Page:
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With beavers gone, fish migrating in creek

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A few of the Sacramento Suckers seen migrating up Alhambra Creek last week. (DANNY YOEONO / Martinez Tribune)

MARTINEZ, Calif. – Last week, another species of fish was spotted migrating up Alhambra Creek near Ward Street. The rare sighting is the second of its kind since January of this year, and is a positive marker for the local watershed.

While the January sighting was identified as a single Steelhead, the larger school of fish seen Saturday, April 13, were Sacramento Suckers. Several sightings of the suckers have since taken place in the pools near Ward Street.

The suckers are a native species of minnow. The hearty fish that thrives in warmer, muddier water, can easily reach over a foot long. According to Michelle Leicester, a biologist with the Department of Fish and Wildlife, these fish usually prefer deep pools and undercuts common in reservoirs.

“More than likely, they will be able to complete their spawn and return to their pool habitat before flows drop too precipitously,” Leicester said.

But why the sudden reappearance of migrating fish? There’s some speculation it may be due to the absence of beaver dams in the creek.

“It’s a grey area,” said Gordon Becker, senior fisheries scientist with the Center for Ecosystem Management and Restoration (CEMAR). “If you have a narrow channel and good engineers (beavers), it’s possible passage could be restricted.”

After the deaths of several young beavers and the apparent absence of adult beavers that once populated the area, the City removed the dams and dug deeper channels throughout the creek last October. The alterations were performed in the hope that predicted El Nino rains wouldn’t flood the downtown business district. Since that time, no beavers have been spotted in Alhambra Creek, but more fish have begun to appear.

It’s Leicester’s view, however, that the migrating Sacramento Suckers may have benefited from the beaver dams.

“My guess would be that the beaver dams likely created very productive pools that provided plenty of food and forage for them, allowing them to both grow and amass enough energy to be able to mount a spawning run like this one,” she said. “It is hard to say with any accuracy what really triggered the spawning after so many years, as these fish have obviously been present all along.”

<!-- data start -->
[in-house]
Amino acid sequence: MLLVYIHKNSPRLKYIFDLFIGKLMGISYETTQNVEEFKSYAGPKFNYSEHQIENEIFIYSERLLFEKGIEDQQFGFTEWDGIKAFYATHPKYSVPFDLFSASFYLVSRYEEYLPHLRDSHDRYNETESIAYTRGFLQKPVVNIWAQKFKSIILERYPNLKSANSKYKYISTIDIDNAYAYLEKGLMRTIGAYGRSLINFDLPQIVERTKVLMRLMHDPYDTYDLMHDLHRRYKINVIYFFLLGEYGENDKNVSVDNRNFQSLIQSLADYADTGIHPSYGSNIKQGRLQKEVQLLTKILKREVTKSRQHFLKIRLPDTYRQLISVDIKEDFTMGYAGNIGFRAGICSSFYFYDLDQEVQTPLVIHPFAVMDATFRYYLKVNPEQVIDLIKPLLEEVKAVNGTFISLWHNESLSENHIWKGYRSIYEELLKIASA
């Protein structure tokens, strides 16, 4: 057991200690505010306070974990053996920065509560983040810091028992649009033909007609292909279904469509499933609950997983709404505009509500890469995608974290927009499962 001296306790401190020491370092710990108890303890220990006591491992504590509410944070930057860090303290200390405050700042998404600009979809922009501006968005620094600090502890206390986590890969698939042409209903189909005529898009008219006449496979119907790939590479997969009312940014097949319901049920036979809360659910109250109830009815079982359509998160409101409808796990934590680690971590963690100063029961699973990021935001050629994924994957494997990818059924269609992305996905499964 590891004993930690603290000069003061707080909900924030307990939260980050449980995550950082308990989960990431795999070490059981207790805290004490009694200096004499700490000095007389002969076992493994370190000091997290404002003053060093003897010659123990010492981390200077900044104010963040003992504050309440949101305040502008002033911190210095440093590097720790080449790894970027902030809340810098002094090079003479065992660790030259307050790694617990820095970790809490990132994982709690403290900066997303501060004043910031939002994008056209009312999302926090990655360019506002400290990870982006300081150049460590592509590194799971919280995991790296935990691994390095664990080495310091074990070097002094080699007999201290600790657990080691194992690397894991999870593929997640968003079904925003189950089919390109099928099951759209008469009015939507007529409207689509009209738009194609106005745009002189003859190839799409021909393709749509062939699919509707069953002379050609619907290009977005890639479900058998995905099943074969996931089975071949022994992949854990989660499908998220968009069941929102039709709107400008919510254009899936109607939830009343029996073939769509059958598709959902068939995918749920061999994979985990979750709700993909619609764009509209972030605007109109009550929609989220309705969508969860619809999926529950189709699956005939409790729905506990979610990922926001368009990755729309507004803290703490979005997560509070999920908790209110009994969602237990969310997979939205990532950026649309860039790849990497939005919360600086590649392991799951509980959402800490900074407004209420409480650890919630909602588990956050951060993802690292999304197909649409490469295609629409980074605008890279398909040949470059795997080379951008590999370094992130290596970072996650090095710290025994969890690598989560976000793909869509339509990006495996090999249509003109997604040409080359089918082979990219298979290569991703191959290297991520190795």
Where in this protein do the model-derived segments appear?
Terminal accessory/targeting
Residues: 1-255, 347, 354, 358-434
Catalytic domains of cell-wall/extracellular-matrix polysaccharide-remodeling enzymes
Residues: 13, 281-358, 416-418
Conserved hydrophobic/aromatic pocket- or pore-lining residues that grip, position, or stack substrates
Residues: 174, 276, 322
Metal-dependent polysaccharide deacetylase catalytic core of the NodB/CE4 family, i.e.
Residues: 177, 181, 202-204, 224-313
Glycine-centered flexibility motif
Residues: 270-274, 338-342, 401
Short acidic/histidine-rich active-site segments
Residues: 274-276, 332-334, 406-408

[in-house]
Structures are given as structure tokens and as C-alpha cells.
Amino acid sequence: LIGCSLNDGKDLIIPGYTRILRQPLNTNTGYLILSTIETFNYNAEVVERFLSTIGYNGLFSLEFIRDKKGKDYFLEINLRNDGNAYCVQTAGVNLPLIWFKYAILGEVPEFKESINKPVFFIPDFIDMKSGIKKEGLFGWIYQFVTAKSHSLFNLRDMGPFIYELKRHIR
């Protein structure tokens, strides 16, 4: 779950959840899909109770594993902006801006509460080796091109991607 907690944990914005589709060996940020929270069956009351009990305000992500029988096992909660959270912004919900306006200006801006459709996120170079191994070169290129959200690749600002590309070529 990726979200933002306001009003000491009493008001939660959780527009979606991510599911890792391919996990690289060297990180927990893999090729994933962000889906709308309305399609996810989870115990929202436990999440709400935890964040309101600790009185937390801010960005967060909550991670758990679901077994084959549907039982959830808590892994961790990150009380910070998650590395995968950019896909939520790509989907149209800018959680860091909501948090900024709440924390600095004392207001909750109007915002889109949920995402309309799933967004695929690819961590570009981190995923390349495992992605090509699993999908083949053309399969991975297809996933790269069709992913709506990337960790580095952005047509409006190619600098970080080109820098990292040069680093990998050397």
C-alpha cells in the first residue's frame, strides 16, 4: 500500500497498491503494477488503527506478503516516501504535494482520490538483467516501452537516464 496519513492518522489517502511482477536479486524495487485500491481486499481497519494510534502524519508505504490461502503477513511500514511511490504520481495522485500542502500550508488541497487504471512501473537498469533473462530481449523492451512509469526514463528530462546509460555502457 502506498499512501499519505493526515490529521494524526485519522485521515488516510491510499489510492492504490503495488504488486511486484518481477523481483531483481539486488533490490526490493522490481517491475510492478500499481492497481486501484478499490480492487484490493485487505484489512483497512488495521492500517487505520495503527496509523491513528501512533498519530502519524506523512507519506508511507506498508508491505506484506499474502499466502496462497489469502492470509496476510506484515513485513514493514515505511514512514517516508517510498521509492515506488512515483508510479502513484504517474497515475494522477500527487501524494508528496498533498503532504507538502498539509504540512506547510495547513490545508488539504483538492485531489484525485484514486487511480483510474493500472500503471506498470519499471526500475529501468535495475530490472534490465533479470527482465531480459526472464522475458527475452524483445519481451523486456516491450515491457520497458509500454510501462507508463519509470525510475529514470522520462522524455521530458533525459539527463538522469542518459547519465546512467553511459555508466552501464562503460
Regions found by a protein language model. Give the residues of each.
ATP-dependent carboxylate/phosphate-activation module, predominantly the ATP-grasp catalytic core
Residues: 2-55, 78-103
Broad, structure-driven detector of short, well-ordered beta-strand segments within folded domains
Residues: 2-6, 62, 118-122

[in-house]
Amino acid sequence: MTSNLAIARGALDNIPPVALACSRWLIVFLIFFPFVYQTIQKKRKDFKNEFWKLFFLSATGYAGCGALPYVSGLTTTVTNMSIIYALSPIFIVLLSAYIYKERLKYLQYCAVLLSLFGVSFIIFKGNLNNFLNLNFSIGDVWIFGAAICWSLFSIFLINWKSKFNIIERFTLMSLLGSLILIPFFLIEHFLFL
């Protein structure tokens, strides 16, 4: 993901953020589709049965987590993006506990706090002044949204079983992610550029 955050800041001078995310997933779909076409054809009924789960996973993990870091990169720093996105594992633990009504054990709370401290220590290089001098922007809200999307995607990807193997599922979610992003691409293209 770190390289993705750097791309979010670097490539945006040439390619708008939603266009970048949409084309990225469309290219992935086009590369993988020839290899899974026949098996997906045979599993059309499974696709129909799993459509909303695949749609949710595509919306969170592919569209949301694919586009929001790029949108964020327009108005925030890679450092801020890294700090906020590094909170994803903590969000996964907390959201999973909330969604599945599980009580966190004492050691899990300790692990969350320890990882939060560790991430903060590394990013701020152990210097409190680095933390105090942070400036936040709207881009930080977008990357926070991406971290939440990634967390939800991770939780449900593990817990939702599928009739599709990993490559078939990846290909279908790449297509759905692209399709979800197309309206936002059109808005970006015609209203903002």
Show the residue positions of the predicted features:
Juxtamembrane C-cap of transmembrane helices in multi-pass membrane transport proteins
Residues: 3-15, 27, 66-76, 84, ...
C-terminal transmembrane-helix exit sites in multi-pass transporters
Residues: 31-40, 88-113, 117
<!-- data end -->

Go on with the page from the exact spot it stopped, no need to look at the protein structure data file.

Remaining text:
Becker reiterated that while the dams may have blocked upstream passage for fish, there are many benefits of wood in streams.

“It’s a problem regionally that people look at wood in the streams as necessary for automatic removal, and it’s important for people to consider the function of wood in the stream,” Becker said. “Sometimes there’s over-aggressive clearing of wood which wouldn’t necessarily cause flooding, but people are erring on the side of caution when removing it from waterways. Hopefully, local flood control folks are paying attention to when wood should stay in the creek and when it should come out.”

Meanwhile, beaver advocates such as local organization “Worth A Dam” continue to highlight the fact beavers are a keystone species, or a species upon which other species in an ecosystem depend. During the beaver’s reign in Martinez, wildlife such as mink, hooded merganser and river otter have been spotted in Alhambra Creek. The organization encourages the public to keep an eye out for the beloved mammal, which they hope will return to local waters.

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2 comments

  1. Not sure to direct this at the editor or the journalist, but to have such a title, “With beavers gone, fish migrating in creek,” then state, “My guess would be that the beaver dams likely created very productive pools that provided plenty of food and forage for them, allowing them to both grow and amass enough energy to be able to mount a spawning run like this one,” shows either deep ignorance or intellectual dishonesty. Please consider correcting the title to show the lack of knowledge and certainty of cause you demonstrate in your article.

  2. @damian, from I understand, the pools created by the beaver dams made it easier but the beavers themselves would have deterred the fish from spawning upstream. I believe the headline here asks the right question, that is, if the beavers never showed and then left, would any species of fish make it in the Alhambra Creek?

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